If Lenore Skenazy’s Free-Range Kids (2009) was the book that told parents it was okay to liberate their children from the overprotective parenting expectations of their generation, Abby Schachter’s new book may be the one that tells them to liberate themselves from overprotection by government.
In the marriage cases pending before the Supreme Court, the parties and amici defending the validity of California’s Proposition 8 and the Federal Defense of Marriage Act have argued that the Constitution permits the state and federal governments to reserve the status and privileges of marriage to “marriage,” as traditionally defined. To my knowledge, no one in the cases has argued that the Constitution might prohibit the state and federal governments from abandoning this traditional definition.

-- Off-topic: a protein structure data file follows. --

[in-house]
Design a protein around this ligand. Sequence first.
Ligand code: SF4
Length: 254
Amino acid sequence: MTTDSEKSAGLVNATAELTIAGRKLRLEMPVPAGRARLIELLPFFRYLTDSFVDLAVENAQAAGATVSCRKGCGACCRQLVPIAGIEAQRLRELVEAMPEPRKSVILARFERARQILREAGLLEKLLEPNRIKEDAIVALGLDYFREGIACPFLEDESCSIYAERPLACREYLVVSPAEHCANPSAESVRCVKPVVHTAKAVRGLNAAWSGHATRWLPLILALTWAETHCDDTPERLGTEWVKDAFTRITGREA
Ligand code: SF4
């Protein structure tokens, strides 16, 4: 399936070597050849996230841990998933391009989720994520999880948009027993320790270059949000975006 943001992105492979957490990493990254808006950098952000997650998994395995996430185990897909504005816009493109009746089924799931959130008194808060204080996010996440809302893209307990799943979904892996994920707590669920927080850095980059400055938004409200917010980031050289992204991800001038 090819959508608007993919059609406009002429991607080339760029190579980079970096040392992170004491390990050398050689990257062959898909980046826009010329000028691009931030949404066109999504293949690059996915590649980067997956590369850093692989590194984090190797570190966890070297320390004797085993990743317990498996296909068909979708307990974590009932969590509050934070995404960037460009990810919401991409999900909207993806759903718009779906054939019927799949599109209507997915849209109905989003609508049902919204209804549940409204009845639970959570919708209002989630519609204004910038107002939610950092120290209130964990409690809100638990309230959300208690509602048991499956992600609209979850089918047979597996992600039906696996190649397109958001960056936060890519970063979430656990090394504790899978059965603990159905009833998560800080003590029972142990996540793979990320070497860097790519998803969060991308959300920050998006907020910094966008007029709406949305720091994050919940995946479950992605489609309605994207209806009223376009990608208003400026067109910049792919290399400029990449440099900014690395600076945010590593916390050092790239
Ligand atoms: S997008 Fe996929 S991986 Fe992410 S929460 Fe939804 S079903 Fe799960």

There is good reason, however, to conclude that in one critical respect, the Constitution prohibits the redefinition of marriage. On this Father’s Day, I will begin by sketching how the Due Process Clause, as strictly construed and originally understood, establishes a presumption in favor of the natural father and mother’s trusteeship over the child’s liberty. In subsequent posts, I will explain how the old marriage has complemented this presumption, and how the new marriage unlawfully undermines it.